Lizza would go on to quote “four people who regularly talk to Biden” who said “it is virtually inconceivable that he will run for reelection in 2024.” One “prominent adviser to the campaign” said explicitly, “he won’t be running for reelection.” That same advisor said that by signaling this one-term run, it would make the candidate a “good transition figure.”

That “transition” line is important, because it’s one Biden himself used publicly and on the record. “I view myself as a transition candidate,” Biden said at an online fundraiser in April 2020. In March of that year, at a rally where his eventual VP pick Kamala Harris was by his side, he used similar language: “I view myself as a bridge, not as anything else.”

As we now know, that turned into a bridge to nowhere. By March 2021, Biden was saying something entirely different. “My plan is to run for reelection. That’s my expectation,” he said shortly after he was inaugurated.

So Biden never explicitly made a one-term promise during the campaign, but he certainly implied it with the language of “transition.” You don’t typically think of eight years in office as a “transition.” And he had surrogates talking to their pals in the press planting the seeds of a single term, for a Democratic electorate that never saw Biden as their first choice, just as an acceptable consensus pick to take out the hated incumbent.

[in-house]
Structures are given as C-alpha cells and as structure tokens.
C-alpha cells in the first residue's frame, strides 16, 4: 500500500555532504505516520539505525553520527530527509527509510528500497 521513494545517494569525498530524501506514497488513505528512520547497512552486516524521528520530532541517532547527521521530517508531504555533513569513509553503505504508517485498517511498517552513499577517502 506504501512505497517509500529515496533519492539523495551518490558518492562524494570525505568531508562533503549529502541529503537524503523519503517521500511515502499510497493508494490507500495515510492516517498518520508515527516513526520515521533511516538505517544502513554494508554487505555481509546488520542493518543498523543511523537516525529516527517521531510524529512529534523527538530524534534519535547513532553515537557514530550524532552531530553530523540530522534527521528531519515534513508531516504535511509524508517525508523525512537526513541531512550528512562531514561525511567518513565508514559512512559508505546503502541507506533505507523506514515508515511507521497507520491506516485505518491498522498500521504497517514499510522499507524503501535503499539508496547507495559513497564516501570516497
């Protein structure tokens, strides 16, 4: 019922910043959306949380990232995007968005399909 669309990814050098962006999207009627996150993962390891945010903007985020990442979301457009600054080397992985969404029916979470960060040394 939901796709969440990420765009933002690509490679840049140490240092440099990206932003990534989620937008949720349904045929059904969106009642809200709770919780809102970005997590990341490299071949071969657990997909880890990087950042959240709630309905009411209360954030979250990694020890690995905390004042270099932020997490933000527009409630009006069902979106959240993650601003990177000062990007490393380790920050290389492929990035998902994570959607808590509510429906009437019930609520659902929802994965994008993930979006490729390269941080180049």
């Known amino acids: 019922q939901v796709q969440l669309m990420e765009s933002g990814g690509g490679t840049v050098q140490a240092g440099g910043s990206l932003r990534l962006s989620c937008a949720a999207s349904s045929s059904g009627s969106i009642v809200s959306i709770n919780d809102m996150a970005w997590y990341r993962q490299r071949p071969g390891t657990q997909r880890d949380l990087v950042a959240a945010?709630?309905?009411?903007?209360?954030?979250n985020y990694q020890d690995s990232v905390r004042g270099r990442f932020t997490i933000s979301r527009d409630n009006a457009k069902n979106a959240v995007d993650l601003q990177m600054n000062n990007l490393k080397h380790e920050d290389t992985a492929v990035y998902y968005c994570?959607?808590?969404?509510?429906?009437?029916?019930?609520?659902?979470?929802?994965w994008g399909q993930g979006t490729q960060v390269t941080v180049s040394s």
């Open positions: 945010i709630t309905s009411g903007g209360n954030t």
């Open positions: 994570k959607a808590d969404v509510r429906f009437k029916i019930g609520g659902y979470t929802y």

It feels, in retrospect, patently strategic. New York Times political reporter Astead Herndon put it bluntly: “Biden 2020 intentionally signaled this wouldn’t happen during his original run,” he wrote this week on X. “They gaslit public and may pay for it.”

The legacy press worked with the establishment elite to ensure that Biden beat Bernie Sanders in the 2020 primary. They could try something similar again, pushing Biden to the side if they truly think he can’t defeat Trump in 2024. And what we’re witnessing is precisely the playbook they’d use.

Here’s what I wrote in February: “Watch for leaks about what Biden is really like behind-the-scenes at the White House. Or maybe a damaging new Hunter Biden investigation. Or maybe just a lengthy focus on the worst of Biden’s latest poll numbers — particularly on the issue of age and competence.”

Biden and his surrogates may have standing to push back on the claim that he explicitly broke a one-term promise, but it’s a moot point now — if he can’t turn around the political headwinds, he’s going to become a one-term president anyway.

Steve Krakauer, a NewsNation contributor, is the author of “Uncovered: How the Media Got Cozy with Power, Abandoned Its Principles, and Lost the People” and editor and host of the Fourth Watch newsletter and podcast.